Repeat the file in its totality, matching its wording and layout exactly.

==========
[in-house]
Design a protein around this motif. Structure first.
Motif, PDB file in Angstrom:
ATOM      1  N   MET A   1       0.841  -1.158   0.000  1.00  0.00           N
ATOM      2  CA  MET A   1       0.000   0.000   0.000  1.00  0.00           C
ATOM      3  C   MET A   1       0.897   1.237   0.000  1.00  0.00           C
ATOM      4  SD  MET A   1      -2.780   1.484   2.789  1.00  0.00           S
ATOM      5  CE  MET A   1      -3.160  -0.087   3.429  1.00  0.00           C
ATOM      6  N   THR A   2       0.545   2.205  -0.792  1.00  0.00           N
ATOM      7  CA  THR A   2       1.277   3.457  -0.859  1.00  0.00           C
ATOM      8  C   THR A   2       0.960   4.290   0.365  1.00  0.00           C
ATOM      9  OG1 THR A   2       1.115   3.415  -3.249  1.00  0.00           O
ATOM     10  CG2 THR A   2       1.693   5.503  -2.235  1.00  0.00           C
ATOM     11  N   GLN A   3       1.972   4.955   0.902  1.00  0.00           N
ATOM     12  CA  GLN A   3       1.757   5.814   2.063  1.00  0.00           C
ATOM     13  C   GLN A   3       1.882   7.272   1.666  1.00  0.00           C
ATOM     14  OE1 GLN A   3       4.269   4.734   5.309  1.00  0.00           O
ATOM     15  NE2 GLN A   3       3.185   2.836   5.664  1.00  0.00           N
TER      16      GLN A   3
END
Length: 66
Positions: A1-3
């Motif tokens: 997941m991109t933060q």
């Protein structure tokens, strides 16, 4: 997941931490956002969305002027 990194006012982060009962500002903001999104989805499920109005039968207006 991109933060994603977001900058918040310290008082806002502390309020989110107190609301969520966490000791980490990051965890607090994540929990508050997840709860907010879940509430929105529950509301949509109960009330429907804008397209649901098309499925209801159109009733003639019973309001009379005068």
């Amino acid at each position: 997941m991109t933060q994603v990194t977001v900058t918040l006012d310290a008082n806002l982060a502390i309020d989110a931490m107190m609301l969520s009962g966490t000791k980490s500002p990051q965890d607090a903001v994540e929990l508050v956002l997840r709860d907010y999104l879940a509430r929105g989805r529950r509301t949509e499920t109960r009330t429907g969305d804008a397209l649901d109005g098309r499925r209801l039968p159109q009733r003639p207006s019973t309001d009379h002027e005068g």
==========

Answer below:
[in-house]
Design a protein around this motif. Structure first.
Motif, PDB file in Angstrom:
ATOM      1  N   MET A   1       0.841  -1.158   0.000  1.00  0.00           N
ATOM      2  CA  MET A   1       0.000   0.000   0.000  1.00  0.00           C
ATOM      3  C   MET A   1       0.897   1.237   0.000  1.00  0.00           C
ATOM      4  SD  MET A   1      -2.780   1.484   2.789  1.00  0.00           S
ATOM      5  CE  MET A   1      -3.160  -0.087   3.429  1.00  0.00           C
ATOM      6  N   THR A   2       0.545   2.205  -0.792  1.00  0.00           N
ATOM      7  CA  THR A   2       1.277   3.457  -0.859  1.00  0.00           C
ATOM      8  C   THR A   2       0.960   4.290   0.365  1.00  0.00           C
ATOM      9  OG1 THR A   2       1.115   3.415  -3.249  1.00  0.00           O
ATOM     10  CG2 THR A   2       1.693   5.503  -2.235  1.00  0.00           C
ATOM     11  N   GLN A   3       1.972   4.955   0.902  1.00  0.00           N
ATOM     12  CA  GLN A   3       1.757   5.814   2.063  1.00  0.00           C
ATOM     13  C   GLN A   3       1.882   7.272   1.666  1.00  0.00           C
ATOM     14  OE1 GLN A   3       4.269   4.734   5.309  1.00  0.00           O
ATOM     15  NE2 GLN A   3       3.185   2.836   5.664  1.00  0.00           N
TER      16      GLN A   3
END
Length: 66
Positions: A1-3
């Motif tokens: 997941m991109t933060q």
């Protein structure tokens, strides 16, 4: 997941931490956002969305002027 990194006012982060009962500002903001999104989805499920109005039968207006 991109933060994603977001900058918040310290008082806002502390309020989110107190609301969520966490000791980490990051965890607090994540929990508050997840709860907010879940509430929105529950509301949509109960009330429907804008397209649901098309499925209801159109009733003639019973309001009379005068």
């Amino acid at each position: 997941m991109t933060q994603v990194t977001v900058t918040l006012d310290a008082n806002l982060a502390i309020d989110a931490m107190m609301l969520s009962g966490t000791k980490s500002p990051q965890d607090a903001v994540e929990l508050v956002l997840r709860d907010y999104l879940a509430r929105g989805r529950r509301t949509e499920t109960r009330t429907g969305d804008a397209l649901d109005g098309r499925r209801l039968p159109q009733r003639p207006s019973t309001d009379h002027e005068g």